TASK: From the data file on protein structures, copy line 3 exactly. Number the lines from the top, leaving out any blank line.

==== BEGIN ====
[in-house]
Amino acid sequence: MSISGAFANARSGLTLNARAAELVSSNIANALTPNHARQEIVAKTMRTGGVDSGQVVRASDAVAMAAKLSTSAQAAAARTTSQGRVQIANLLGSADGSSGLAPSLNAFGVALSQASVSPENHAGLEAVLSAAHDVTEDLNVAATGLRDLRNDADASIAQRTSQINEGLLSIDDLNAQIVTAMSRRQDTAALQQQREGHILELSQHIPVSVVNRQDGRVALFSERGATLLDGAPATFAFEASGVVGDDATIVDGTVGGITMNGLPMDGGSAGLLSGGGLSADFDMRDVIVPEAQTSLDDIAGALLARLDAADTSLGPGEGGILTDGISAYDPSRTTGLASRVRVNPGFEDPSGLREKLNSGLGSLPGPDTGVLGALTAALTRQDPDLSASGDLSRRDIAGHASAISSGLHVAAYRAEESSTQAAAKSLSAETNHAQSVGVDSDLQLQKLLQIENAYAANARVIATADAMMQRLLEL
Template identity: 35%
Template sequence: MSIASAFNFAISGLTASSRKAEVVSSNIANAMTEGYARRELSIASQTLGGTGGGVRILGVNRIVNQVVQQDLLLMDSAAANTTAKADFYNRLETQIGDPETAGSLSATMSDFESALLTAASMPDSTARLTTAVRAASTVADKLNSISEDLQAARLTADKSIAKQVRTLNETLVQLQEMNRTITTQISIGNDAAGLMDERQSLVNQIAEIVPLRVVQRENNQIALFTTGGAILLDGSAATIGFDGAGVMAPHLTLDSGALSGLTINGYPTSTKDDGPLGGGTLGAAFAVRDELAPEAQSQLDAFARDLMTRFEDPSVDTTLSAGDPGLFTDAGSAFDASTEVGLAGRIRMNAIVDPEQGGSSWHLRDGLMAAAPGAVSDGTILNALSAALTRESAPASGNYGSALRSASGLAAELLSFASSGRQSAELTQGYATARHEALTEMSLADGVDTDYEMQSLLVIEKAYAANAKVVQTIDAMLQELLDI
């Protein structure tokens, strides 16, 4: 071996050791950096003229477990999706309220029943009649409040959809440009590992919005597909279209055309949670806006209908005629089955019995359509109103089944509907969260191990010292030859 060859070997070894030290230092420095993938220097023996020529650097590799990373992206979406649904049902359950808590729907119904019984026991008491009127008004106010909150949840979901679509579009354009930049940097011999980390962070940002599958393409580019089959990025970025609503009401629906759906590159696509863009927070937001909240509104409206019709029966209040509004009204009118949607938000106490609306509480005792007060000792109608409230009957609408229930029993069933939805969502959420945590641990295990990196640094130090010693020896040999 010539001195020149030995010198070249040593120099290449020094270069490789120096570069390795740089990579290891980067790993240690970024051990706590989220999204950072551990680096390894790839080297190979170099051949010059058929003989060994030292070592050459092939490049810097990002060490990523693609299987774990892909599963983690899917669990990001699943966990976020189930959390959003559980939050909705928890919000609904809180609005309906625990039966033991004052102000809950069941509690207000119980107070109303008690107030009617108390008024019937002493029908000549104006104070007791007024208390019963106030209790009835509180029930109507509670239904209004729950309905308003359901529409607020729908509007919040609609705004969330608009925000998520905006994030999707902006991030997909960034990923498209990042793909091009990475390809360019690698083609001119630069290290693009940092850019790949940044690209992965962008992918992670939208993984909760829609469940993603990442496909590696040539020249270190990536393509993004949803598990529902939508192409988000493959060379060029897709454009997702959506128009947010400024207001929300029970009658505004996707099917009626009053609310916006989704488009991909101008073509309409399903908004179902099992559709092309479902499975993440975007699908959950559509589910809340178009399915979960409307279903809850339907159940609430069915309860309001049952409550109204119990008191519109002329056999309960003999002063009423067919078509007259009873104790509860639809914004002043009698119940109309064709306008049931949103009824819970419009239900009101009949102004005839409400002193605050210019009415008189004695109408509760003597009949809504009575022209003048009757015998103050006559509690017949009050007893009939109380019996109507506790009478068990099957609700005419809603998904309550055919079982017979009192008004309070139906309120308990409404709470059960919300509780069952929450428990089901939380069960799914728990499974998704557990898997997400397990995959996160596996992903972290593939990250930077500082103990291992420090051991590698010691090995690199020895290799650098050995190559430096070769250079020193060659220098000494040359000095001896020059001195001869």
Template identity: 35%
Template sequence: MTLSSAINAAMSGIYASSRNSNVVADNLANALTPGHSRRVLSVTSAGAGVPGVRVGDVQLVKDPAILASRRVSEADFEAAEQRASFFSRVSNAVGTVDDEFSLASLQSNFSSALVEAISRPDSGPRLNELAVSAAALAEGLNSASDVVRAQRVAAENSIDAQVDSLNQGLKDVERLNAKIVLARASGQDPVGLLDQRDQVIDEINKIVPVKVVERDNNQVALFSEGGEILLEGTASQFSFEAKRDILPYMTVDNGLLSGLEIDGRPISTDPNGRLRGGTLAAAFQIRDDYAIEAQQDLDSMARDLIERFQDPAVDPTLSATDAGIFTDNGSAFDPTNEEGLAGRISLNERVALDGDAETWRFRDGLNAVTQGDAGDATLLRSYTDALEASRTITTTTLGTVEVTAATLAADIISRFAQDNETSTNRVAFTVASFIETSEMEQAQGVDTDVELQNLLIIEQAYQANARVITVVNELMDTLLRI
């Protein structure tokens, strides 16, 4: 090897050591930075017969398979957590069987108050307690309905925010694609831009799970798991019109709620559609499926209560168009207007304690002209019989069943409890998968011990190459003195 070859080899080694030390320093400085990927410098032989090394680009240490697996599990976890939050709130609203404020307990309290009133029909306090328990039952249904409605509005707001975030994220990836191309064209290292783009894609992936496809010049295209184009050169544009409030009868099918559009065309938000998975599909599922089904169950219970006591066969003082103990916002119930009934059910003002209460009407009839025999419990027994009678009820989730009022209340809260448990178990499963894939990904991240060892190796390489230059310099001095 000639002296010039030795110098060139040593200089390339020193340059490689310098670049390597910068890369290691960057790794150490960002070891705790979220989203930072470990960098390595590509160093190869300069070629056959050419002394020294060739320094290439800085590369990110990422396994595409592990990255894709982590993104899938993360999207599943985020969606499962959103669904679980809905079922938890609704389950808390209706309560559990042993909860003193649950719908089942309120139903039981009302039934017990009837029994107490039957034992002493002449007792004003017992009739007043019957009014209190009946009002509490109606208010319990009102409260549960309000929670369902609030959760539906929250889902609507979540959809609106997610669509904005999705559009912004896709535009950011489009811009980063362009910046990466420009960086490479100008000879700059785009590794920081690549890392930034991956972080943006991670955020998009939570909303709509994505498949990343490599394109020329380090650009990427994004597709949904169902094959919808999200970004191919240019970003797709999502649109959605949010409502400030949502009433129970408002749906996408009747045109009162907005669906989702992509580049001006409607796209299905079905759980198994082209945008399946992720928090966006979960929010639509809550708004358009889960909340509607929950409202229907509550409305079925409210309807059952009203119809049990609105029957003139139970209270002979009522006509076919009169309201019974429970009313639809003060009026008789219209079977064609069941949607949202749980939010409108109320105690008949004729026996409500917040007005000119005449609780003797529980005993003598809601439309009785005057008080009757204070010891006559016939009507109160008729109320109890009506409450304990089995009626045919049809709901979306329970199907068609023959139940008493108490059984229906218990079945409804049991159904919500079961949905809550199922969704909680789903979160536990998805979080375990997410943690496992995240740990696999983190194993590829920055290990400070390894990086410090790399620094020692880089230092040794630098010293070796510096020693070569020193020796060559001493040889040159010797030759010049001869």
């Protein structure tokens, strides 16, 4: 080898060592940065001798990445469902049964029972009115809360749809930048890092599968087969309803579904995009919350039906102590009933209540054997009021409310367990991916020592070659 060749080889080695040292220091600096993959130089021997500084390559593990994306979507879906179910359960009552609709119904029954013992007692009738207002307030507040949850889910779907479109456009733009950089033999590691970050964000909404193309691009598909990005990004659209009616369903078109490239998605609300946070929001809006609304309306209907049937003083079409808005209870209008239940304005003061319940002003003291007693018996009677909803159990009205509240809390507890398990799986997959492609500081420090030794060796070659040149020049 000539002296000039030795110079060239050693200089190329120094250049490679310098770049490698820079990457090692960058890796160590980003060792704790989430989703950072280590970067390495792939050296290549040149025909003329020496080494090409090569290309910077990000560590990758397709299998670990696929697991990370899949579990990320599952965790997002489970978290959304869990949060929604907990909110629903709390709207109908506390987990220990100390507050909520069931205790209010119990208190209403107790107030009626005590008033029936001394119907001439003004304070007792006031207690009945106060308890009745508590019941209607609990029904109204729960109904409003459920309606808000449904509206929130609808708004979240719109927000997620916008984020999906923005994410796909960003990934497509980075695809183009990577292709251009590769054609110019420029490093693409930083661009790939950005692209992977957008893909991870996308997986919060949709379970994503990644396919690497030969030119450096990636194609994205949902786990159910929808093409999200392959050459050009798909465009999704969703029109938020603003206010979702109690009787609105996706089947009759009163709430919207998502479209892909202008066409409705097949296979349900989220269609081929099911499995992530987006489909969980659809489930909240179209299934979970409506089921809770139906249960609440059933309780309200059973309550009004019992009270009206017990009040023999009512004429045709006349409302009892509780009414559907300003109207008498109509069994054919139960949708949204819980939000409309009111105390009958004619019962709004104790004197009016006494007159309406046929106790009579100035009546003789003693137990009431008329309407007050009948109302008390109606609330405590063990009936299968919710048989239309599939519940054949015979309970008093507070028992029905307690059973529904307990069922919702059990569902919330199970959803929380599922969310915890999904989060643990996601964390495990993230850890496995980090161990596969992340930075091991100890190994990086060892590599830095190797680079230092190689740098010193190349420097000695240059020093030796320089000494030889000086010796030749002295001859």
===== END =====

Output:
Template identity: 35%